With the Brexit can kicked down the road until the end of the month, investors will be able to focus on another rash of blue-chip trading updates in the week ahead, plus the latest jobs and wages data to give a snapshot of the state of the UK economy.
However, the updates will undoubtedly still have a strong flavour of Brexit to them, particularly that due from budget airline easyJet PLC (LON:EZJ) on Tuesday.
The FTSE 100-listed firm’s profits jumped 41% last year as Ryanair cancellations and the collapse of Monarch and Air Berlin led to a record number of passenger numbers.
But in 2019 the budget airline is facing sector-wide challenges of higher fuel costs, ongoing competition in the short-haul flight market and uncertainty surrounding the UK’s departure from the European Union in March.
In a note on the European airline sector, Barclays said 2019 looks set to be the “height of aviation demand uncertainty in recent years” as Brexit approaches. Weaker demand could put negative pressure on fares as airlines cut prices to entice customers, the bank said.
Barclays lowered its rating on easyJet to ‘underweight’ from ‘equal weight’ and cut its target price to 1,200p from 1,500p, saying it thinks the growth profile for the airlines “lacks some momentum in our view, not helped by difficult comparables and possible UK demand related risk”.
“With a network that is focused on primary constrained airports, organic growth opportunities are limited, and the incremental revenue associated with these premium slots is currently being offset with incremental costs given the level of delays and disruptions associated with operating with constrained infrastructure,” Barclays said.
The bank expects easyJet to report a 4% decline in first-quarter revenue per seat, reflecting the impact of adopting IFRS 15 accounting standards. “We expect a marginally better Q1 than Q2, given the impact of Easter, which drops out of Q2 and into Q3 this financial year,” the bank said.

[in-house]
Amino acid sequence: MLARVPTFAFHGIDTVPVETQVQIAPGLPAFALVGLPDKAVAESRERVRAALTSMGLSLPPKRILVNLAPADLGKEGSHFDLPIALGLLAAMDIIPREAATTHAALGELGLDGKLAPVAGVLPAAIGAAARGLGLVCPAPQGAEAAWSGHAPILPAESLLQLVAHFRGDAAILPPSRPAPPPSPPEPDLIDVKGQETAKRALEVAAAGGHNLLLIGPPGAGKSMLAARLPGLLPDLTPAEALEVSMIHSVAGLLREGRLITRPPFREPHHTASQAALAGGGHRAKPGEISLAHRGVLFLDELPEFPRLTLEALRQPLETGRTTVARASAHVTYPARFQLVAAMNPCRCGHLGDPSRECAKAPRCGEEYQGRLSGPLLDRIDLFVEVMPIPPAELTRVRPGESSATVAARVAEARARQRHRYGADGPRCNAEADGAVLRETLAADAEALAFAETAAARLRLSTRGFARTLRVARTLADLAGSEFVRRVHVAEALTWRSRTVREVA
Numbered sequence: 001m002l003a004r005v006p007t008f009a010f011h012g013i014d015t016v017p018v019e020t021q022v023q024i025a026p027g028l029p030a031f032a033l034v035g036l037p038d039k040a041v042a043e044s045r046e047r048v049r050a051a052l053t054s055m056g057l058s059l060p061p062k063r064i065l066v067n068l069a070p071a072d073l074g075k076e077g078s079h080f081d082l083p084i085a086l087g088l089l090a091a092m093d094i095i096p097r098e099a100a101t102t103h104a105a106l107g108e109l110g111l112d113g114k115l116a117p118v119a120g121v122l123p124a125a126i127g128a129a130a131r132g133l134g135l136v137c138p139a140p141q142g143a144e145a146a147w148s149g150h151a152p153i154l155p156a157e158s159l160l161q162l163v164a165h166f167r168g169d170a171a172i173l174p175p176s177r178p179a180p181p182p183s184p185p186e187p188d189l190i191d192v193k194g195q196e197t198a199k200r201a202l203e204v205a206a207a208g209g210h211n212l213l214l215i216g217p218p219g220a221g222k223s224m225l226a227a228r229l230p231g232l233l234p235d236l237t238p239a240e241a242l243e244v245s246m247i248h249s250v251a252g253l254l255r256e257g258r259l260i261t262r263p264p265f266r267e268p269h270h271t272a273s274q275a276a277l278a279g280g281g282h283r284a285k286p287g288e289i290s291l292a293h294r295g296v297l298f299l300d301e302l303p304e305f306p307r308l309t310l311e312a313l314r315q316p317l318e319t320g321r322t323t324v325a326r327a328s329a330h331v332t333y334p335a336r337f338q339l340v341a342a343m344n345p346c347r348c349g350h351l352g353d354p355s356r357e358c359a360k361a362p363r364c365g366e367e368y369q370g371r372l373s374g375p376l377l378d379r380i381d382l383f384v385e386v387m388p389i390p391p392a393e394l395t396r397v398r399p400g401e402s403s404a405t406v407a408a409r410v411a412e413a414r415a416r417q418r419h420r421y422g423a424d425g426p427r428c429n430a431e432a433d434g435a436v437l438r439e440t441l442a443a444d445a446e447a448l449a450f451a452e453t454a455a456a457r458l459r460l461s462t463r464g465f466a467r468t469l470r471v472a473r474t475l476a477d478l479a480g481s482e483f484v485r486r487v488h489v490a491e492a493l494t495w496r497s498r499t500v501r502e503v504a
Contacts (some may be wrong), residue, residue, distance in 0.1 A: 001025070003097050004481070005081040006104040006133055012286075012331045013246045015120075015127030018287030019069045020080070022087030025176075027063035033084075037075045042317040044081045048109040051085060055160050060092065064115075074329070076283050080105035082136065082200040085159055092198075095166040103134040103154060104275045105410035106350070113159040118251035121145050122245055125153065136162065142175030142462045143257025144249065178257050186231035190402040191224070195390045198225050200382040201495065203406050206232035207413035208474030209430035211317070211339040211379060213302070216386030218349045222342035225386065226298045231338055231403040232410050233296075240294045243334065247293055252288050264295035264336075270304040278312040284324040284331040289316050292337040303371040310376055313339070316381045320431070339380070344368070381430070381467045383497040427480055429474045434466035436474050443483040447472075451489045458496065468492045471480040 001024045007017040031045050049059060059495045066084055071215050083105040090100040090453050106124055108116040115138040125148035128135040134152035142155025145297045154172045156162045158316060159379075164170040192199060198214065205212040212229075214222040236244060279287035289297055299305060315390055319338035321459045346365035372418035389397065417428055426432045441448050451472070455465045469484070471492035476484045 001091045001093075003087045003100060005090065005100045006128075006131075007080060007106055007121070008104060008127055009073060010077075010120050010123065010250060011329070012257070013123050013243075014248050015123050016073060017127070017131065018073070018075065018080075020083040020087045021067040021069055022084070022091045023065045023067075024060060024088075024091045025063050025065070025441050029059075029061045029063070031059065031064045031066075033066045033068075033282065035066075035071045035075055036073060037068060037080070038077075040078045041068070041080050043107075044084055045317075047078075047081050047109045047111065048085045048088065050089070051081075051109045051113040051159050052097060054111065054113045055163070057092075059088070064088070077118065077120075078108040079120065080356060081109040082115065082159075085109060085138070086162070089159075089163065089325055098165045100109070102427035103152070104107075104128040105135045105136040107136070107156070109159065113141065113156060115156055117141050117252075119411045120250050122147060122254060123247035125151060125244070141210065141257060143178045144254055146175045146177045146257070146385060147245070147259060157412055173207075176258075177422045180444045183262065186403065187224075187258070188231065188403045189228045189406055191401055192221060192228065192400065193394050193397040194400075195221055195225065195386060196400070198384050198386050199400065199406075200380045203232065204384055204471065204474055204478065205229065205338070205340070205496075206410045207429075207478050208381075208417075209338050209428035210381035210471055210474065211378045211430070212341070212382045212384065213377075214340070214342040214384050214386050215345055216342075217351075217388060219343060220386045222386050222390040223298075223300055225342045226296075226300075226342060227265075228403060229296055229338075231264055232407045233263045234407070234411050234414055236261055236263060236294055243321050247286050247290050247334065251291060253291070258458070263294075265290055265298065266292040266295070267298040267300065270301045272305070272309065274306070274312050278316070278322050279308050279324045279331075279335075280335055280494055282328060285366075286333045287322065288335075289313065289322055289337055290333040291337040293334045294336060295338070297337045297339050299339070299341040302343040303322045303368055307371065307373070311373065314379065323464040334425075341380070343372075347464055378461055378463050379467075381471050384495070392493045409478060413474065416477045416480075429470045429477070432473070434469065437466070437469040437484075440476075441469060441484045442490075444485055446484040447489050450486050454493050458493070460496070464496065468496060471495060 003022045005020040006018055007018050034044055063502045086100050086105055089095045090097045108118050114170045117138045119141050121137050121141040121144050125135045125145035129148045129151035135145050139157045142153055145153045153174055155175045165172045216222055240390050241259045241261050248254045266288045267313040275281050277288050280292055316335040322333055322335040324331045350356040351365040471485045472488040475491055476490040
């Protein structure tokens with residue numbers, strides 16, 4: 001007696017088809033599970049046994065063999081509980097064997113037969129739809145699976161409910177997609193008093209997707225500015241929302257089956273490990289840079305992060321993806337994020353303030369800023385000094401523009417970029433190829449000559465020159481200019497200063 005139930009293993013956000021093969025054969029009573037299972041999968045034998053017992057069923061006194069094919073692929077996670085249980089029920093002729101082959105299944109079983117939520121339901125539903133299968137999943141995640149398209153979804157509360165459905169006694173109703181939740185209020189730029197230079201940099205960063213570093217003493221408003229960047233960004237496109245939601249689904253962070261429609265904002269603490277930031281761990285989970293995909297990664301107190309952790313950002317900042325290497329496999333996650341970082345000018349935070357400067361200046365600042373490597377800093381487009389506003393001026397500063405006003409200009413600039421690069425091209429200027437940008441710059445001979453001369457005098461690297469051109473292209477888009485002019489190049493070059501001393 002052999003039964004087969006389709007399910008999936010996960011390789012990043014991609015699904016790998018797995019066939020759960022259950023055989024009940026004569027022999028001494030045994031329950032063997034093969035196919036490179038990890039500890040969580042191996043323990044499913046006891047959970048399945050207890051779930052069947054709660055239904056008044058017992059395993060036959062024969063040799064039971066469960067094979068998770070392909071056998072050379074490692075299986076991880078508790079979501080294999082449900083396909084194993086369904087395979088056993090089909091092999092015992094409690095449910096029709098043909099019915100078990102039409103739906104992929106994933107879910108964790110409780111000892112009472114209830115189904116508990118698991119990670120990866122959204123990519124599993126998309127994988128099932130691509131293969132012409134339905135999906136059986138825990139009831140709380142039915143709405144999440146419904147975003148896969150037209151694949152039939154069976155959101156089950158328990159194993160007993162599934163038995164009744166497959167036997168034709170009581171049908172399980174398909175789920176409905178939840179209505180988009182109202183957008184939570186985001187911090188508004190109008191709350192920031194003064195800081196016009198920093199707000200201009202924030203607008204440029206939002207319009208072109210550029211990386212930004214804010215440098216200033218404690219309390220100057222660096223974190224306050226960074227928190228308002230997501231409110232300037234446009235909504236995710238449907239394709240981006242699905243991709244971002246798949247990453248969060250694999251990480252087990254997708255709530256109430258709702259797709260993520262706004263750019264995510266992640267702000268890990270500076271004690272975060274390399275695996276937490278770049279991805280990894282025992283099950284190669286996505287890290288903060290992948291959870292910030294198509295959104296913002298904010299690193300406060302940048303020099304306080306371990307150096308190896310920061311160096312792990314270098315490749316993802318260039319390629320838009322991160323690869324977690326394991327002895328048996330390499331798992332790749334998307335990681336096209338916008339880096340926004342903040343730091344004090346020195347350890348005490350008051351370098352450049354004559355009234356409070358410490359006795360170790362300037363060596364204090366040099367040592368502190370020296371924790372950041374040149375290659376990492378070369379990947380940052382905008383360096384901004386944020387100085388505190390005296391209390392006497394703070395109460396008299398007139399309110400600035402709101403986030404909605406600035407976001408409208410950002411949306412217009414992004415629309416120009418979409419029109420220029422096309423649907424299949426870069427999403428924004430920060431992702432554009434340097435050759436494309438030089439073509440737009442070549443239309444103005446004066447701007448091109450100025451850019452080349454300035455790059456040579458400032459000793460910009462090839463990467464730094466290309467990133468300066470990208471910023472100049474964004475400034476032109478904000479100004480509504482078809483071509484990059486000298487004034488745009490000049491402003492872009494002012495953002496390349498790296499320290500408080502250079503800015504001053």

Burberry sales growth expected to slow in third-quarter
The blue-chip firm has been repositioning its brand to go more upmarket and the debut collection from new chief creative Riccardo Tisci in September was well received.
However, the full range of the new collection won’t be in stores until autumn so it will take some time see how well it feeds through to sales.
The fashion label posts its third-quarter results on Wednesday and analysts at Deutsche Bank expect sales of £724mln, compared to £719mln a year ago.
In the second quarter, like-for-like retail sales grew 3% and Deutsche Bank expects “the trends to consolidate at around 2% for the rest of the year, with Europe underperforming Asia and the Americas”.
Deutsche Bank said weaker expected retail like-for-like growth in the second half of the financial year is “unsurprising” given the disruption from the company’s brand repositioning, which is expected to last for another two to three quarters.
Investors hoping for some reassurance from Vodafone
Elsewhere with the blue-chips, Vodafone PLC (LON:VOD) has seen its share price perform terribly since the end of 2017 and investors will want some of the fears to be allayed by management when the mobile phones giant issues a third-quarter trading update on Friday.
They will want to hear that competition in Italy and Spain has not become anymore fierce and that organic growth numbers still look reasonably good as the FTSE 100-listed firm’s broadband service expands.
As Vodafone’s new CEO Nick Read beds into his role, investors will also want to hear how progress is being made in making the organisation improve its commercial execution and how it is gearing up for a digital future.